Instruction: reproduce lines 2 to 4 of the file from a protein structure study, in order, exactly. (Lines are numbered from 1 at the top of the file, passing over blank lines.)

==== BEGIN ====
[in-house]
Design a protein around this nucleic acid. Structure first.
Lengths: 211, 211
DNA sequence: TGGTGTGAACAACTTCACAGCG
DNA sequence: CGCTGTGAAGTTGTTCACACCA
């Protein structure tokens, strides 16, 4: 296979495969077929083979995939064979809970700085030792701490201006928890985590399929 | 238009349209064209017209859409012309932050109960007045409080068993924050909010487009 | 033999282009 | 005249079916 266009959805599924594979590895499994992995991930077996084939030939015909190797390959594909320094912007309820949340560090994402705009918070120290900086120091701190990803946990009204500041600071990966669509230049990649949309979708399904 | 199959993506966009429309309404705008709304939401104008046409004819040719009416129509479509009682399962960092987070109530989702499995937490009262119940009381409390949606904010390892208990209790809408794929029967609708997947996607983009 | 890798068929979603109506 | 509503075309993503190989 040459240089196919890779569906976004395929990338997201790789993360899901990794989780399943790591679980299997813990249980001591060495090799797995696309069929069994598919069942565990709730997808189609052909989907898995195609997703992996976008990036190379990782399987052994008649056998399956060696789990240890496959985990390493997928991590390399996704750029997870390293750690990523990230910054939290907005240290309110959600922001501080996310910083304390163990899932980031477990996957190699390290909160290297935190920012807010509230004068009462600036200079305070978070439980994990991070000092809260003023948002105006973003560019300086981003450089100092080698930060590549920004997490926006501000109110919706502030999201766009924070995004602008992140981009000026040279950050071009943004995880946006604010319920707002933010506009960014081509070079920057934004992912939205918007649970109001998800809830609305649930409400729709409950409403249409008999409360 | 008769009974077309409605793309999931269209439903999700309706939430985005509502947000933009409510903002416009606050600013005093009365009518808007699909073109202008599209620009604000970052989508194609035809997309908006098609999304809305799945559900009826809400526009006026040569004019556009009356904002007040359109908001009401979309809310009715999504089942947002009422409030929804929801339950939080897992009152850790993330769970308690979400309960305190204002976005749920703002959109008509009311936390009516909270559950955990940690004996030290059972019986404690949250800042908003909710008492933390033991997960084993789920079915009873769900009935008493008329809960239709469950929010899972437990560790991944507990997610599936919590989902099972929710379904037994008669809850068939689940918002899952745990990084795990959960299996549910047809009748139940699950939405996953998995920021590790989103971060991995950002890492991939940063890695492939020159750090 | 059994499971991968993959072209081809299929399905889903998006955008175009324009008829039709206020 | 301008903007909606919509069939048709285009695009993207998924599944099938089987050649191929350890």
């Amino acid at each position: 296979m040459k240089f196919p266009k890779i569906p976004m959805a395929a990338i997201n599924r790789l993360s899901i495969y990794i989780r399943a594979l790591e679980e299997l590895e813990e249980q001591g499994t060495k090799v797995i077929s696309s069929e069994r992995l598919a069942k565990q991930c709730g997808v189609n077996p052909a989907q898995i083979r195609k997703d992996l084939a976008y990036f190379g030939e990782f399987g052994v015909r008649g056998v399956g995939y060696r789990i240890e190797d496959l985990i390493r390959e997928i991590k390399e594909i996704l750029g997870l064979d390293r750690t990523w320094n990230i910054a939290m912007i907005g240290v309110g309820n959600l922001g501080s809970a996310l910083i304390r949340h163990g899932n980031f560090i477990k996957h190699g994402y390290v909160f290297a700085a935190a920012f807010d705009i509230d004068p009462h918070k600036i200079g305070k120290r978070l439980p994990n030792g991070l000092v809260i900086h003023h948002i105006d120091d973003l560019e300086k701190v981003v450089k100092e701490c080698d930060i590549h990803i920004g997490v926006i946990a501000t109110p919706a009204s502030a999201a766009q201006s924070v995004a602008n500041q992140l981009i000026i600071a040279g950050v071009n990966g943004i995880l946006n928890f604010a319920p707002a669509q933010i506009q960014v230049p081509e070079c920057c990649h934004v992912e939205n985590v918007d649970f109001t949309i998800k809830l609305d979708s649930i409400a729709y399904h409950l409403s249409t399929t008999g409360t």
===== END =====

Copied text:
Design a protein around this nucleic acid. Structure first.
Lengths: 211, 211
DNA sequence: TGGTGTGAACAACTTCACAGCG